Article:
I went to Brat Fest this weekend with my daughter and some friends, it was a good time all in all. I was watching my daughter and the number of other kids riding around the Carousel smiling in delight and I couldn’t help but think of the age of this type of entertainment. I mean this has got to be one of the older types of amusement rides and perusing Wikipedia on the subject seems to verify this.
Yet kids seem to fully enjoy it even in the modern day and age. There is something carnally fun about the simplest of actions of riding around in circles on a fake horse that goes up and down while you do it. There is nothing to it, it is fun. And you know, even adults enjoy it from time to time, though usually not for long.
This actually gets me thinking of the game industry, weird isn’t it? I actually sat there watching the Merry-go-round thinking about how this thing in front of me reminding me of games even though it didn’t even remotely have anything to do with games. But here it is, the prime nature of video games in the carousel…. people are having fun.
From the earliest moments of any game development cycle, one of the designers main jobs is to ask how the game is fun and how it can be more fun. And here in a fair on a small island in the middle of Madison we are seeing that dynamic take place. And then I look around and notice all these other fair rides and I realize that these are different designers taking this basic concept of the Carousel and turning it into a different type of fun.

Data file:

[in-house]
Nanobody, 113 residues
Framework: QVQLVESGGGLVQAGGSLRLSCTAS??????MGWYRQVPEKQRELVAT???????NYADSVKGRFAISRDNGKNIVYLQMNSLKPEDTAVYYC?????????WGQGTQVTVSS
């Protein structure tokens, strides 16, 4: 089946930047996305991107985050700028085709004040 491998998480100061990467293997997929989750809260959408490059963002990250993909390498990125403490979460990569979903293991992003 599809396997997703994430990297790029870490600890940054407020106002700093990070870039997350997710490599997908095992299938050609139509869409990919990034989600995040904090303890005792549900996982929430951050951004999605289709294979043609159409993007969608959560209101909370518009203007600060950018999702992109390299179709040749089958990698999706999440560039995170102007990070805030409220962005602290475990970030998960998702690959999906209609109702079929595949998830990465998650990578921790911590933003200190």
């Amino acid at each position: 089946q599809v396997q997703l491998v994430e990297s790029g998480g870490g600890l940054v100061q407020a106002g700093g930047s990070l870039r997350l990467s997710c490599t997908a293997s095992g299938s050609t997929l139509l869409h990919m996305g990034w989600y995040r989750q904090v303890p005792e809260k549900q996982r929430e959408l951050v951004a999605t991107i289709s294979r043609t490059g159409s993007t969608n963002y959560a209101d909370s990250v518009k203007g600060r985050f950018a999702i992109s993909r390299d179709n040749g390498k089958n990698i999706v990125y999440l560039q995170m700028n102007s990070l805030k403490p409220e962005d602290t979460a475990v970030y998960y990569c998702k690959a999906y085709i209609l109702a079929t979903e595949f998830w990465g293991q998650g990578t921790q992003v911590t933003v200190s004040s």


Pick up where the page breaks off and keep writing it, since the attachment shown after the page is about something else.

The Ferris Wheel was certainly a take on it being turned on its side so that the rider goes into the air instead of in circles and playing on the primal fear of heights. The Scrambler adds in extreme spinning. Tilt-a-whirl takes the scrambler and re-introduces the up and down with player control over the spin. The zipper is a Ferris Wheel with the spinning of a Tilt-a-whirl and so and so forth. You can literally see the evolution of the design of these rides.
This is similar to the process we see with games. We get a basic way to play the game that we know is fun, and then we tweak it just a little bit in hopes of making it more fun. Pac-Man begot Donkey Kong which begot Mario Bros. which begot Super Mario Bros. which begot Zelda which begot Final Fantasy and so on and so forth. It evolves. If you want a more direct correlation you could look at the musical game genre and more specifically Harmonix. They start a music game called FreQuency and then they add a guitar to get Guitar Hero, add the band and you got Rock Band. It is a natural progression and every step you think “well duh” but you can see the same sort of things in the amusement industry.
I think in that respect it is actually kind of amazing to think that the video game industry is probably closest related to the amusement industry. Everyone always tries to compare it to the movie industry, I think largely because both generate huge sums of money every year. But realistically it is the fairs and festivals around the country that hold the closest relationship to games. Largely because both are interested in the same basic emotion of “fun” that their costumers must have in order for success to be attained. The movie and television don’t care if the viewer has fun, that isn’t what they are going for at all. Well maybe the action genre is about fun but that really is a small segment of the movie industry. And this might be why there are so many games that look like an action movie, is because that is the only thing we can really relate to. Perhaps instead of looking at the movie industry to figure out what they do right and wrong, the game industry should be looking at the amusement industry to learn from. Maybe, the games would get better that way.
In the meantime, does it make you feel good to know that the game industry is run by an odd step child of a carnie?